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Health risks losing vital equipment


According to a Sunday newspaper, the money was to pay for the expenses of the conference, accommodation for delegates and T-shirts. Delegates from the ANC Women’s League complained that up to six delegates had to share a room in Colesberg and that th

THE NORTHERN Cape Department of Health is at risk of forfeiting life-saving equipment after it flouted a court order to pay an instalment of R4.5 million to a former service provider, Bestor CC.

An urgent warrant of execution for the attachment of immovable property was served on the department’s CFO and the MECs for Health and Finance earlier this month.

The warrant comes after the department lapsed on its monthly payment to Bestor CC, which was due on or before April 30 this year. The next instalment is due on or before May 31.

The DA’s provincial spokesman for Health, Isak Fritz, explained that the department was indebted to Bestor CC for more than R40 million.

“The former service provider for fax and copy machines has already won two cases against the department for damages and costs due to the improper termination of a maintenance contract, as well as for failing to return 148 fax and copier machines to the company,” Fritz said.

“The court date for Bestor CC’s third and biggest case against the department, which sees them suing for R210 million for loss of income, has yet to be set.”

According to Fritz, this is the third time that it has been necessary for the Sheriff of the Court to attach assets in order to force the department to pay its dues to Bestor CC.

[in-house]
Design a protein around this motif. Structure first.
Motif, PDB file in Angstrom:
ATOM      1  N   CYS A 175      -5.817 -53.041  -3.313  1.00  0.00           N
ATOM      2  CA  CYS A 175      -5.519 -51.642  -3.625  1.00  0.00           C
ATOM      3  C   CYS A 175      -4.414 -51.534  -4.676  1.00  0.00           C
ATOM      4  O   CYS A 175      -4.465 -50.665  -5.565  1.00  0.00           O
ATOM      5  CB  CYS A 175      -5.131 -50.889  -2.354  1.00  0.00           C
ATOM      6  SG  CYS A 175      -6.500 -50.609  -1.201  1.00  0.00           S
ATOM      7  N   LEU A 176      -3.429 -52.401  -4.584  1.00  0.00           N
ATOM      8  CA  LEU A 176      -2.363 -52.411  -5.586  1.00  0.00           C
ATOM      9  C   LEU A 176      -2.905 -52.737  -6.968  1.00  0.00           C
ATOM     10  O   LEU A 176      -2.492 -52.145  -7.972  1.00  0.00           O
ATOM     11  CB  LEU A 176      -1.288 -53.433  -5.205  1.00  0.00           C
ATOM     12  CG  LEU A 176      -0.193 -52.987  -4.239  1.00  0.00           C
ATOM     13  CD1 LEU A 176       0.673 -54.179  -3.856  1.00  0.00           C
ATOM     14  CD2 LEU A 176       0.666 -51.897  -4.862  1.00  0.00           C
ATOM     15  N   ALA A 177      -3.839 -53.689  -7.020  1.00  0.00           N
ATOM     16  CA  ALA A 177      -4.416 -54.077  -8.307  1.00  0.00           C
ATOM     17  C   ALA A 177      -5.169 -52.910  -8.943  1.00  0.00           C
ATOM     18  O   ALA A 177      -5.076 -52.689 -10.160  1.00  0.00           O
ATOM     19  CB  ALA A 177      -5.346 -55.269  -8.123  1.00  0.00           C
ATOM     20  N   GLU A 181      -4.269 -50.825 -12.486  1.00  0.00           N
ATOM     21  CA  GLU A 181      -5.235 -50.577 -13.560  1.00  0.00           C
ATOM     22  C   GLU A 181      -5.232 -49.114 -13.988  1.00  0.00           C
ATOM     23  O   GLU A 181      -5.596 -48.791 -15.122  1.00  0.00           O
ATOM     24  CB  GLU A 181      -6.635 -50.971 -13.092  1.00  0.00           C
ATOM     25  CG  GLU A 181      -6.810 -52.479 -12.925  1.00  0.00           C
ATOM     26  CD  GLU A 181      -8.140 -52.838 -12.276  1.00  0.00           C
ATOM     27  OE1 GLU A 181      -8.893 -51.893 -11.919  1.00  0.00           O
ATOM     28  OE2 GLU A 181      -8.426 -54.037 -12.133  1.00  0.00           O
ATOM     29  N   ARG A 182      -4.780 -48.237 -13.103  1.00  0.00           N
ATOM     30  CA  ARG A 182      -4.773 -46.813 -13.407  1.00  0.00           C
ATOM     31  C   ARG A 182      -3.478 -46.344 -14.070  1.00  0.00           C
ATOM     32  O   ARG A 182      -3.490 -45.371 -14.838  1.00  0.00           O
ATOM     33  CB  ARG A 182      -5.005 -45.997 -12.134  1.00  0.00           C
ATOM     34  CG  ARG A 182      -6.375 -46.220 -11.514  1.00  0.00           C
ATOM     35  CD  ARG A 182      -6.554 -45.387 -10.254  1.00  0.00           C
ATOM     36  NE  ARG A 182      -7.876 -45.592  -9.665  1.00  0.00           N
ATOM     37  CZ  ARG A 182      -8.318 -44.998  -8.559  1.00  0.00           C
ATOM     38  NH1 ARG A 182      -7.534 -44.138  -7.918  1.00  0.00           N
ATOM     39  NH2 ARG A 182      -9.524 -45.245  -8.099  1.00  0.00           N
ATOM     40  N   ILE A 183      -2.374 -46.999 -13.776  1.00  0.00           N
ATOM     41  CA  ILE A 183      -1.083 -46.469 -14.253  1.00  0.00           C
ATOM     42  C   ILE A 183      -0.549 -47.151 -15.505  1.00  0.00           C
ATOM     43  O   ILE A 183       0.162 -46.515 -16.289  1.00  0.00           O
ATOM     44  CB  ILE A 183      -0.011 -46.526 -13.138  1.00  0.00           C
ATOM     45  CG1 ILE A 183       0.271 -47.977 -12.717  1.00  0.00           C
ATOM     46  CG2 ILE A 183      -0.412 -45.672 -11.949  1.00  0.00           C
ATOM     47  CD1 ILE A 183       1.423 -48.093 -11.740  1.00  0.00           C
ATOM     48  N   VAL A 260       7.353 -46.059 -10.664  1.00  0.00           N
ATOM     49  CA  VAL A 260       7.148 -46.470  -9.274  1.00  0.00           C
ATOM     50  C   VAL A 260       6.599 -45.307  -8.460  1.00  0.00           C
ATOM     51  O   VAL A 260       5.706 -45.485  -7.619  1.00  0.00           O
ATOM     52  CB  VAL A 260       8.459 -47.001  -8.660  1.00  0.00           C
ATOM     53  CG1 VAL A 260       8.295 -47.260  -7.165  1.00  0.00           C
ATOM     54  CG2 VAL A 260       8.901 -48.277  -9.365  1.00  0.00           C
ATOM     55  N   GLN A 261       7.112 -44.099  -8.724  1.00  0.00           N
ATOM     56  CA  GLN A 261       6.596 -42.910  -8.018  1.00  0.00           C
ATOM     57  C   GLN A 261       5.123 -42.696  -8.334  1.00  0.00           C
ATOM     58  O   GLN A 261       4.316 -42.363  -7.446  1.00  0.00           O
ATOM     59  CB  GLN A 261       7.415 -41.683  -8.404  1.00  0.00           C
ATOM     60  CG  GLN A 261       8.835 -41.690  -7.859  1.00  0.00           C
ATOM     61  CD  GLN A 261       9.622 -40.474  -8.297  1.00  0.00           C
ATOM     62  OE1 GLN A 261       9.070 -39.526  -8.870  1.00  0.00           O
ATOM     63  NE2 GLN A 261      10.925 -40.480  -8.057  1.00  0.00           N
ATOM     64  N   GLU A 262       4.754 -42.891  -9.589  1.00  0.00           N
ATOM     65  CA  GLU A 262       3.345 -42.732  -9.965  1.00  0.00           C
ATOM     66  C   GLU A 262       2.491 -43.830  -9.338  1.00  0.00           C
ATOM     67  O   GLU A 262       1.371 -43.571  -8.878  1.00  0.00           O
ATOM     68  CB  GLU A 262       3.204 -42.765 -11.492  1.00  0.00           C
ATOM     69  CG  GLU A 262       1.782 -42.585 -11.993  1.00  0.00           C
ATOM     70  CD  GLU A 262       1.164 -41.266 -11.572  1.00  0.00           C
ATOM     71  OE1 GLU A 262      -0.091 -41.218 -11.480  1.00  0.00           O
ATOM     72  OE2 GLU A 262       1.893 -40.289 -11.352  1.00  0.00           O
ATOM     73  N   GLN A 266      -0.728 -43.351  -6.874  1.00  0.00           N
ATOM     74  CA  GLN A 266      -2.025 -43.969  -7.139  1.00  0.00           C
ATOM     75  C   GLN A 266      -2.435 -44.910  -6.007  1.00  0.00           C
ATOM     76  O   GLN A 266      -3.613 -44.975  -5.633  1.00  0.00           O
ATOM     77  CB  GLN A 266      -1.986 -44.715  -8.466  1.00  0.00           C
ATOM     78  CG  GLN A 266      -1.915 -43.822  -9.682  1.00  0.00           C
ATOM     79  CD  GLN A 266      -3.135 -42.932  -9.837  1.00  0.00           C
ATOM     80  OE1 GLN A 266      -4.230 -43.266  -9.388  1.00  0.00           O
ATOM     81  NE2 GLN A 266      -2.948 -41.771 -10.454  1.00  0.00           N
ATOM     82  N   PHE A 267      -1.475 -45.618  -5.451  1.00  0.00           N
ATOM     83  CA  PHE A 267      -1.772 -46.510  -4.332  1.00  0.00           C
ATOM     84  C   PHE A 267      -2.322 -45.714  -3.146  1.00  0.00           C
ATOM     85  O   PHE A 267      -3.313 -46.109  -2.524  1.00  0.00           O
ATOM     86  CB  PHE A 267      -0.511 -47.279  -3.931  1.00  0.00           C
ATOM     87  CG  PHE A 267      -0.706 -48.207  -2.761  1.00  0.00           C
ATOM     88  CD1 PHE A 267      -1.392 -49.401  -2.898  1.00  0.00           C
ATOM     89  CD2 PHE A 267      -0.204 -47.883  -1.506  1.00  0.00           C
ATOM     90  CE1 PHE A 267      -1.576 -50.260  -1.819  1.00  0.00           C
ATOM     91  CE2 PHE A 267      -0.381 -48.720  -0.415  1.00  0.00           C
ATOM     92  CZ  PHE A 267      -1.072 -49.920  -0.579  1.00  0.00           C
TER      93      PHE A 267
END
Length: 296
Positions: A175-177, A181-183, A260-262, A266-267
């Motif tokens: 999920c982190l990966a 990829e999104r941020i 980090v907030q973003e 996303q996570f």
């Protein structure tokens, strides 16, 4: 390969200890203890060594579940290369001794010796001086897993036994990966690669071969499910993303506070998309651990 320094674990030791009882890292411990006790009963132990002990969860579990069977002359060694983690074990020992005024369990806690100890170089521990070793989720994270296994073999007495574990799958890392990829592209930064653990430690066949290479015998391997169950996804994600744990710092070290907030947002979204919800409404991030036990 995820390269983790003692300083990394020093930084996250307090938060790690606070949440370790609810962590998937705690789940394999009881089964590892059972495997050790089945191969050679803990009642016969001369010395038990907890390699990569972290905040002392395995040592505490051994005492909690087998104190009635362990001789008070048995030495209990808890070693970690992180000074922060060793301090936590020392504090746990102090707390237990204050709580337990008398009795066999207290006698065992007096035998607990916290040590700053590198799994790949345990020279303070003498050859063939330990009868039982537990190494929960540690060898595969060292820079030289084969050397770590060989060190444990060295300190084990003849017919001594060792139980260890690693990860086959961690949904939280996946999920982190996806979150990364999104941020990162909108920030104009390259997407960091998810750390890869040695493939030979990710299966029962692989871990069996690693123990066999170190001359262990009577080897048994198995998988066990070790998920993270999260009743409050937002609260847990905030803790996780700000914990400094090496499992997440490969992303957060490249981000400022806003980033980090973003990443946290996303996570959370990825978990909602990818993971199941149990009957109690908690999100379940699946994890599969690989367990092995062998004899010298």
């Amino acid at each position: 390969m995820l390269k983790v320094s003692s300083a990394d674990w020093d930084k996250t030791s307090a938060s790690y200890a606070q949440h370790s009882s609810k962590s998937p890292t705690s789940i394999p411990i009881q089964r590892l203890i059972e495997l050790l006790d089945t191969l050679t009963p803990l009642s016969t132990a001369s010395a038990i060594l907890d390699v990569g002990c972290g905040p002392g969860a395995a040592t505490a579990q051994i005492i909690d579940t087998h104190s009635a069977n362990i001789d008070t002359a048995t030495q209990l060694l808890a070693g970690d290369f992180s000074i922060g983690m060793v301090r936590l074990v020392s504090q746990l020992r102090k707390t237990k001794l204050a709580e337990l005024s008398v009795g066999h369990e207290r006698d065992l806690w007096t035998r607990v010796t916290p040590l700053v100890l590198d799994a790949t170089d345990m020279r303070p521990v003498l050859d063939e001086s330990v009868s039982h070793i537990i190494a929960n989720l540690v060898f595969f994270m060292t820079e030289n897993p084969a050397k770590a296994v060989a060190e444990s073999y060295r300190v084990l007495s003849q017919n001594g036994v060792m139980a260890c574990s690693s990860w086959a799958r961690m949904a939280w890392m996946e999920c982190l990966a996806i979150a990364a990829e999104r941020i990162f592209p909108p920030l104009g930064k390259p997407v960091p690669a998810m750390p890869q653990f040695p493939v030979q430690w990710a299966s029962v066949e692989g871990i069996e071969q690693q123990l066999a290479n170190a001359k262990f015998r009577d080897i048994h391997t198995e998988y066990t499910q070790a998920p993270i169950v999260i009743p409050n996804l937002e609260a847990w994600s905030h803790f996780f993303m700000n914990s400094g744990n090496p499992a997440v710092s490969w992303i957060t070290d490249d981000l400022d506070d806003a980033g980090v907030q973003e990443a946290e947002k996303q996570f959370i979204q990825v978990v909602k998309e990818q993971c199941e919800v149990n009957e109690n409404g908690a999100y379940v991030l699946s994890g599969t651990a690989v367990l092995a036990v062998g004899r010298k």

“Assets currently being attached include equipment from two server rooms, one at the department’s administration block and the other at Kimberley Hospital, as well as a CT scanner, oxygen machines, X-ray machines and computers from facilities in Kimberley, Kuruman, De Aar and Upington.”

Fritz pointed out that the actual confiscation of this equipment could in effect cripple the hospital’s ability to perform emergency services and also plunge the department into administrative chaos, threatening the day-to-day business of the department, including the ordering of pharmaceuticals and medical supplies, as well as the payment of departmental employees.

“The department has up until May 26 to pay its outstanding debt to Bestor CC before saying goodbye to key assets valued at R4.5 million plus an additional R60 000 in interest for late payment,” Fritz added.

“It is unacceptable that the Health Department, through its own financial mismanagement, has placed itself in this precarious position.

“The Health Department is not above the law. The longer the department delays in settling its legal debt, the more the debt escalates due to rising inflation rates, and the more the sick and vulnerable will suffer as a result of funds being channelled away from service delivery.”

The DA called on the MEC for Health to urgently intervene and ensure that everyone who is owed money by the department receives their dues and that those responsible for offering poor legal advice, and in turn hampering payments to lawful beneficiaries, are held accountable.

“The DA further hopes that this finally pushes the department into budgeting for legal liabilities, especially considering that they are currently facing legal claims to the value of over R500 million.”

The Department of Health failed to respond to numerous requests for comment.